A little later, it was back to the pool for a swim and a soak in the hot tub.  High temperatures this week have been hovering around 77 and the heated pool feels wonderful! We returned to the motorhome on our bikes, changed out of the wet clothes and biked back for Hamburger Night at the Cantina, where we met a delightful couple who regaled us with their travel stories as we enjoyed our burgers. I also found out about an open craft time on Fridays that I'd like to check out. Maybe I'll bring a small loom and weave.

Our neighbors hailed us over for Happy Hour as we rode up to our rig, so being the friendly folk that we are, we joined them.  An hour and a half just flew by, and Bob and I made a gracious exit so we could head over to the Ballroom for a 7:00 class in Western Line Dancing.

It turned out to be a two hour class, and we lasted an hour before returning home. We did learn three dances, though, and it was a lot of fun, so we'll be back next week and hopefully stay the whole class.

Whew! Maybe we DID have too much fun!

Saturday, December 10, 2016

Lunch in Mexico

Bob and I have been thinking about running over to Los Algodones, Mexico for lunch, so on Friday we did just that. Yuma is so close to Algodones that we left our campground at 10:45 am, and a half hour later we were passing through the turnstiles and walking onto Mexican soil.
The walkway into Algodones. The flag front left is the American flag and off to the right you can see the Mexican flag.

We decided to look for "The Mines" (las Minas) because our neighbors at the campground, Kay and Steven, recommended that store for a fun jewelry shopping experience. I had been Googling and was unable to find any mention of its location through Internet search. We started off along a side street to the right.

But I got distracted along the way when this poncho caught my eye.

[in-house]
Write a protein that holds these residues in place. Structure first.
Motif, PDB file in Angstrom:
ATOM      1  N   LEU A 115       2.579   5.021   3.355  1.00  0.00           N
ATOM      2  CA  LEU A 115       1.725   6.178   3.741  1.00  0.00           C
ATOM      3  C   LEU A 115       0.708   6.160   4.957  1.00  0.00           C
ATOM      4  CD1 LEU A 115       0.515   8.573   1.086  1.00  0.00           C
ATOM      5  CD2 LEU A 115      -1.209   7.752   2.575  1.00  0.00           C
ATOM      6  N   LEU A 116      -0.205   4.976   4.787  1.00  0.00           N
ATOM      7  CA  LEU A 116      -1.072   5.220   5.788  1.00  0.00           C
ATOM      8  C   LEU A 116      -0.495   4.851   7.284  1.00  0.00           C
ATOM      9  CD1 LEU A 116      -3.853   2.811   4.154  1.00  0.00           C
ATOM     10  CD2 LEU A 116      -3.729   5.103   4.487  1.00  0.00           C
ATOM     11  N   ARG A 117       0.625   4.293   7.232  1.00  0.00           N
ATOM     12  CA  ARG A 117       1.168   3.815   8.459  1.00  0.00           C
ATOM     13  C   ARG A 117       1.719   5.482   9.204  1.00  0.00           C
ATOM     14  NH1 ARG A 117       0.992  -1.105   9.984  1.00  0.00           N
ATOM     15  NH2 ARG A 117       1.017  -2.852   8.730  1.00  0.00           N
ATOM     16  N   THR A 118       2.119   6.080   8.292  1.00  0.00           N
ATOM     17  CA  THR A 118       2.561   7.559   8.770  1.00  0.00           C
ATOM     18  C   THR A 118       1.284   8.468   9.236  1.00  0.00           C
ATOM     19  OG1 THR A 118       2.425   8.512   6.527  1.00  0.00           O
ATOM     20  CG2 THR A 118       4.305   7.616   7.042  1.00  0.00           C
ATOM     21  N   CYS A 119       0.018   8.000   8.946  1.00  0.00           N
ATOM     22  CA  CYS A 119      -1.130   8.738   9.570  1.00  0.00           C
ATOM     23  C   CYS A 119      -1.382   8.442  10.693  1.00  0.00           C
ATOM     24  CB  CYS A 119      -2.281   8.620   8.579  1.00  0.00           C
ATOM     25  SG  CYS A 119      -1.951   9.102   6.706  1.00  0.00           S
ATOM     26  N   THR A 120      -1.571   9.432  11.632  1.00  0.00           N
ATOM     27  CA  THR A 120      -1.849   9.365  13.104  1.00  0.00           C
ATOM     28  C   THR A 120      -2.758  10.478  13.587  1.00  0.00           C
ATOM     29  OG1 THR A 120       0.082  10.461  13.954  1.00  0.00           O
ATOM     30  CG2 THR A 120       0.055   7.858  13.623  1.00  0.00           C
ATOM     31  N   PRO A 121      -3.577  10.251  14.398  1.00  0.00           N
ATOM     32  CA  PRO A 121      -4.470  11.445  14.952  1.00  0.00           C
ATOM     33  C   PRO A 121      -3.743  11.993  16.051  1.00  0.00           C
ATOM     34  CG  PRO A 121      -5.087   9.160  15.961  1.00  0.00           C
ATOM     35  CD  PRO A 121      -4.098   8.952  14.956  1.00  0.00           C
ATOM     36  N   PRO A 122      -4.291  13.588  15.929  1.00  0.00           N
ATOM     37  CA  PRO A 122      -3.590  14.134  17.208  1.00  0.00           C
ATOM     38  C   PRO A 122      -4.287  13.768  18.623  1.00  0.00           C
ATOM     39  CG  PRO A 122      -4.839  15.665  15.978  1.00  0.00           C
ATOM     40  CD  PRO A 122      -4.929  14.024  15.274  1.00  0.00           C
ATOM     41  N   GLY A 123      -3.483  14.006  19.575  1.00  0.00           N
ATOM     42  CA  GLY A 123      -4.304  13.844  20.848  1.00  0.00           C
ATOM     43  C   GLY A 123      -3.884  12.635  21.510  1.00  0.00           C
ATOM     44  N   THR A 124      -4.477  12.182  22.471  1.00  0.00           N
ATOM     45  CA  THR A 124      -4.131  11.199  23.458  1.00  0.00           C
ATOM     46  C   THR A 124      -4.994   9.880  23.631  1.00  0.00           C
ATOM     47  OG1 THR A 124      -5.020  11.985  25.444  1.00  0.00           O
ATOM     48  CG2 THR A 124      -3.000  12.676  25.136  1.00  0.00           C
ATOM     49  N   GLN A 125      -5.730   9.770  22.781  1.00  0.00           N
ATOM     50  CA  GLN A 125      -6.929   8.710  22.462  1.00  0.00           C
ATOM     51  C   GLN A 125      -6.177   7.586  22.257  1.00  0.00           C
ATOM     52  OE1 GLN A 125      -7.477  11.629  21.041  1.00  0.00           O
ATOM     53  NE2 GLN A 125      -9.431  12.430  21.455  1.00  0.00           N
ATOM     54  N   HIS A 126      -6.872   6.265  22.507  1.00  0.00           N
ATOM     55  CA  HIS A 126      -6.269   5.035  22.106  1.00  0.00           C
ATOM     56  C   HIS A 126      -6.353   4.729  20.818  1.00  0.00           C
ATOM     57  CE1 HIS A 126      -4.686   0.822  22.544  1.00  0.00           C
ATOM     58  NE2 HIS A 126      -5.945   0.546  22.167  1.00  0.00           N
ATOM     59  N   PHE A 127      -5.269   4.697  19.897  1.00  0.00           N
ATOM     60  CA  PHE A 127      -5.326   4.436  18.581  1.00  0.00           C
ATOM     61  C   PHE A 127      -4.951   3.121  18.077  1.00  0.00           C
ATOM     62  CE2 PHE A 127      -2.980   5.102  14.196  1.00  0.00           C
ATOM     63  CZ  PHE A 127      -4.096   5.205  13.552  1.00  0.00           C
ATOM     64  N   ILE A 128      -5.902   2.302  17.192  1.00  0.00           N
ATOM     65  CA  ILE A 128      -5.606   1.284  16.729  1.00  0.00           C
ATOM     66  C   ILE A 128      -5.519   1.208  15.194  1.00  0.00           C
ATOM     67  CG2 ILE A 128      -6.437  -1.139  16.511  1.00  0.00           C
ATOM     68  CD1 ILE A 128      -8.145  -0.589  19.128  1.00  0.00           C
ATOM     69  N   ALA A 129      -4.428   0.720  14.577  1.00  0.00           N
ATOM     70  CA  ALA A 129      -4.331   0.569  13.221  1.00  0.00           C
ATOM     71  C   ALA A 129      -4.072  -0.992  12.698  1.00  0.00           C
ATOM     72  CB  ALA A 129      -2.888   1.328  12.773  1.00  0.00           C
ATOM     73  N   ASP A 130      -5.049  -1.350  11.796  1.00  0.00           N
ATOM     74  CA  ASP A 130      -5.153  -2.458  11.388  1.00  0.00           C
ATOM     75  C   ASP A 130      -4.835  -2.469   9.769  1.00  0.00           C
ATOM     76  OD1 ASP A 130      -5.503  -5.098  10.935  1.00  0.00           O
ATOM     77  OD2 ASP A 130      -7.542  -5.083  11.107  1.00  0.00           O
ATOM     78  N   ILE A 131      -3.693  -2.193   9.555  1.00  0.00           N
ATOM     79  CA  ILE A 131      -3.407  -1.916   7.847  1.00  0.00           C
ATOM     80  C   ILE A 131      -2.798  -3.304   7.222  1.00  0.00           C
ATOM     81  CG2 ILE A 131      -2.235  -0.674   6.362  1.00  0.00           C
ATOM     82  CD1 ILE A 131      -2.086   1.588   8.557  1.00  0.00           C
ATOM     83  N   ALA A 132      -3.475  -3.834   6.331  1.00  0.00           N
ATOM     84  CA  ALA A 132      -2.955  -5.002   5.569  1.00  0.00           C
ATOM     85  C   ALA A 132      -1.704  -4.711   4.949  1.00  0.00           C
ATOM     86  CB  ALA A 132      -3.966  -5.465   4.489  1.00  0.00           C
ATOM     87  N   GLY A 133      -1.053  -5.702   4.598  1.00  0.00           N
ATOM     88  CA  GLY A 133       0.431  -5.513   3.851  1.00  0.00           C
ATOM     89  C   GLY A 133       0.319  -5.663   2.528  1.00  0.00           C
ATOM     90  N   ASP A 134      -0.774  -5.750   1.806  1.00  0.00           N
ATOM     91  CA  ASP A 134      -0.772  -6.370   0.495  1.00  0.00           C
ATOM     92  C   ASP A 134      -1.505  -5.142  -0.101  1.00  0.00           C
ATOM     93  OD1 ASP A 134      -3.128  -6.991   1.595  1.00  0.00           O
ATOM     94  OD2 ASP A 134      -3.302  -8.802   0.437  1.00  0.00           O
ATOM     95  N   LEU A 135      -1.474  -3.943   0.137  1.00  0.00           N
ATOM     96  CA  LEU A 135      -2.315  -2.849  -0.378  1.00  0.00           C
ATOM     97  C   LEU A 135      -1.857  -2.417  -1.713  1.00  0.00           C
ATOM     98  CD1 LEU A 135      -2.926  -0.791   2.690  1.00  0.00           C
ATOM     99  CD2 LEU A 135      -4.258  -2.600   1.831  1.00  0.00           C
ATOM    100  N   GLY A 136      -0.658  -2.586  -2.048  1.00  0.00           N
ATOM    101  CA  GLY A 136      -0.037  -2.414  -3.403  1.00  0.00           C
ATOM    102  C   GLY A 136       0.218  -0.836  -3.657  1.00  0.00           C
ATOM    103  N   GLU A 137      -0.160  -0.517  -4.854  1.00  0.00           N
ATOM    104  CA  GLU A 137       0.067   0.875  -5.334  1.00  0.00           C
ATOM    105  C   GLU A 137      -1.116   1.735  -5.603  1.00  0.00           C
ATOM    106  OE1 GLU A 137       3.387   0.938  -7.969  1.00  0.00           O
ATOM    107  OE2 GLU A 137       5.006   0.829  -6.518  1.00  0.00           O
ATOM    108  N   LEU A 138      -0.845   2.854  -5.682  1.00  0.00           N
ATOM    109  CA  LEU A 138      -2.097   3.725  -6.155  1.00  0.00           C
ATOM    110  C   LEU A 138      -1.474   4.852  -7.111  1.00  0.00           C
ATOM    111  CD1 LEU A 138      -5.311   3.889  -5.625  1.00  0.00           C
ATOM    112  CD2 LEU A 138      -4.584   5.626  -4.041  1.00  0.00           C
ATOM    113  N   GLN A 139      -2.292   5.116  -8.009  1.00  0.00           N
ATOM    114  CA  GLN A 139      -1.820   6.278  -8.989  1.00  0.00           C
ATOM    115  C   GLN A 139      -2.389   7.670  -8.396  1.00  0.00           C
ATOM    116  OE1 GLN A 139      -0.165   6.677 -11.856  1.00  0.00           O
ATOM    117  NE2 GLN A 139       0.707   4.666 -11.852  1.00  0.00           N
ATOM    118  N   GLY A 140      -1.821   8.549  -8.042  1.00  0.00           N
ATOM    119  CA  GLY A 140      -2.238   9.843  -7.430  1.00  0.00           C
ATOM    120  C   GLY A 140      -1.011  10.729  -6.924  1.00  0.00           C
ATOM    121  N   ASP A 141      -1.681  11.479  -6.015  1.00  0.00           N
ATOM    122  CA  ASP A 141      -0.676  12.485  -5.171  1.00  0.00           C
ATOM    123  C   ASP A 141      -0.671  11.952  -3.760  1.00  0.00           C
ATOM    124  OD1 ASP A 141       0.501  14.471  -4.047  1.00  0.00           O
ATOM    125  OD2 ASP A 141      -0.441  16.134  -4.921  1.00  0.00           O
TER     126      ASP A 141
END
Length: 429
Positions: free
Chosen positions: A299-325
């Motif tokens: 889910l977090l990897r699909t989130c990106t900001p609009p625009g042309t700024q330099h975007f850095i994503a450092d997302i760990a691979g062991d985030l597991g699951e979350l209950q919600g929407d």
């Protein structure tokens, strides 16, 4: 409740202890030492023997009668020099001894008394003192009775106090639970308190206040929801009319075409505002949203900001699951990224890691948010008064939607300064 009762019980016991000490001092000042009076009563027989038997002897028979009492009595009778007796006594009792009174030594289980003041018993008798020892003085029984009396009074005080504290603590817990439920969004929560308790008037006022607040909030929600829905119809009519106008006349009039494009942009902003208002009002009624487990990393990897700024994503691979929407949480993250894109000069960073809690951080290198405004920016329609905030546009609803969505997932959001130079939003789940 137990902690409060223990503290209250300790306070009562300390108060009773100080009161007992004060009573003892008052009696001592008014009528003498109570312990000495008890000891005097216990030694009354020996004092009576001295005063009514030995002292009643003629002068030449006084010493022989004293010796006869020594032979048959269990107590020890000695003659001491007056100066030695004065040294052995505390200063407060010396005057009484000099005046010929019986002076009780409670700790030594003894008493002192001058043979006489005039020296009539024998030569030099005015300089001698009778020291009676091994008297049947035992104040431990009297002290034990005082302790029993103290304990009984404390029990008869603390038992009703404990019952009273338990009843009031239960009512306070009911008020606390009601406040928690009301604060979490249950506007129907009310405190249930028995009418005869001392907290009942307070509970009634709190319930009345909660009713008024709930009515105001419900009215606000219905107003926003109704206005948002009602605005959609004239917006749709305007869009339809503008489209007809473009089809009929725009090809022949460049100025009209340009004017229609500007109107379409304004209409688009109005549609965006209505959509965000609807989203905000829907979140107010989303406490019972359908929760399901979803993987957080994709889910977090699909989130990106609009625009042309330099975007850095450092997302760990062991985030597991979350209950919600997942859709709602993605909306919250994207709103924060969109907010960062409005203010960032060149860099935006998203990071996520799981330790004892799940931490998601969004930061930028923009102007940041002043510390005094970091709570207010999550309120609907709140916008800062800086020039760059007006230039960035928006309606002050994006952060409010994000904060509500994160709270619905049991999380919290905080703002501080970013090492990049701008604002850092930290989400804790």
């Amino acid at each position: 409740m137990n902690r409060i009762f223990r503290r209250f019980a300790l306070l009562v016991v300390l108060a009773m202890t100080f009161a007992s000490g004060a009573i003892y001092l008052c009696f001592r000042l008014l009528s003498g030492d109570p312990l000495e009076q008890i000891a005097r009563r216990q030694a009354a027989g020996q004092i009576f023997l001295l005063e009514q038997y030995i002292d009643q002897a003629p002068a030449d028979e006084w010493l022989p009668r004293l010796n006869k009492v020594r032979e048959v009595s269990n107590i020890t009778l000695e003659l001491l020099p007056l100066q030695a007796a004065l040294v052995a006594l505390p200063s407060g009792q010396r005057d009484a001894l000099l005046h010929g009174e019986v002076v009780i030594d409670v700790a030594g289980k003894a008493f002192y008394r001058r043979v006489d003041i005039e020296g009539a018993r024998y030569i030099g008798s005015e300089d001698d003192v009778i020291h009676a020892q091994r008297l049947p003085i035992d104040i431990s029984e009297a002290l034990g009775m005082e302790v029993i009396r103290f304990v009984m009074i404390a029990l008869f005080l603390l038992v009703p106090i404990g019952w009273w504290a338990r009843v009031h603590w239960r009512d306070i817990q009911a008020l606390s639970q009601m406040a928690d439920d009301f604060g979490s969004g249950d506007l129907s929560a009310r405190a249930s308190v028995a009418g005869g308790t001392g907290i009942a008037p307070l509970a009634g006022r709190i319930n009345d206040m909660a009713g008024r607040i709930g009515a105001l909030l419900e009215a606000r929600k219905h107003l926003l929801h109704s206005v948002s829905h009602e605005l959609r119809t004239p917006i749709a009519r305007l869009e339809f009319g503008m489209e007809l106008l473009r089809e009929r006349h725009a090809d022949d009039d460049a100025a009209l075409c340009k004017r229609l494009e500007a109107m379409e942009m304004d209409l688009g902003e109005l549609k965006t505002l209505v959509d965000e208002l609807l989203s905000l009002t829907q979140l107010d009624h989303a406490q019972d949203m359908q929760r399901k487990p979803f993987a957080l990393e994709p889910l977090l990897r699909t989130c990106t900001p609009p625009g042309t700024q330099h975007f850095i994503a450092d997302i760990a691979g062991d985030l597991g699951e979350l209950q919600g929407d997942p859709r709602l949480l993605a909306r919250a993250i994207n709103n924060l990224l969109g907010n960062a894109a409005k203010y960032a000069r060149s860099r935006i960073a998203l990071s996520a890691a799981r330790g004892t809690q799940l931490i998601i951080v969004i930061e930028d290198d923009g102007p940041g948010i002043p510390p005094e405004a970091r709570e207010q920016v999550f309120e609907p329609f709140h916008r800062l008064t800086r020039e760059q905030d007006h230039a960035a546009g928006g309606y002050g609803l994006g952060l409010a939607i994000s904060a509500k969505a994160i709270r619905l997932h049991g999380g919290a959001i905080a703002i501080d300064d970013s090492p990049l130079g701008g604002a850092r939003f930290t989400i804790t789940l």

I liked that it was wool, it wasn't too long, that it had a collar, and that the fringe went all along the curved shaping of it. The vendor offered it to me for $36 and I bargained him down to $22, which was a good deal. It would have cost me more than that to buy yarn to weave it. Plus I can use it as a pattern to make a similar one, one day.  If you are on Ravelry, I put construction details here.

After we concluded the sale, I asked the vendor where we could find las Minas. He offered to take us there since the shop owner was a friend of his, and led us over to the shop.

I was glad he did, because we never would have found it otherwise! The sign is small. If you are looking for it, here's how to locate it. When you enter Los Algodones, go straight past the Purple Store, for one block. You'll see this building on the corner. 
 Turn left down this side street and you'll come to The Mine on your left. It's easy to miss.
Inside we were introduced to Señor Ramos, the owner and jewelry designer. We were offered a free drink or two, either beer, or tequila mixed with a lovely liqueur that tastes very yummy. We might have had a couple. American jewelry stores should do this!

Señor Ramos weighed out the earrings I chose, and also showed us some of his special jewelry designs in Australian opals. They were more money than we wanted to spend but I did come home with these lovely little palm trees.

We said goodbye to Señor Ramos after eliciting a recommendation for a place to go for lunch. He was happy to suggest a restaurant right across the alley and up the stairs, called the Alamo Restaurant.
We found the food to be very good and not expensive, and my poncho was the perfect weight to keep me comfortable on the terrace. 

Bob and I finished with lunch and decided to head back to Yuma. The line to pass through Customs was pretty long but we were entertained by men playing accordions and women offering to sell us trinkets. The Customs agents glanced at our passports and bid us a good day with a smile.

We will be back most likely in January, when we have our annual teeth cleaning. Unless we go to San Luis, which is a temptation for me to visit another border town. We shall see!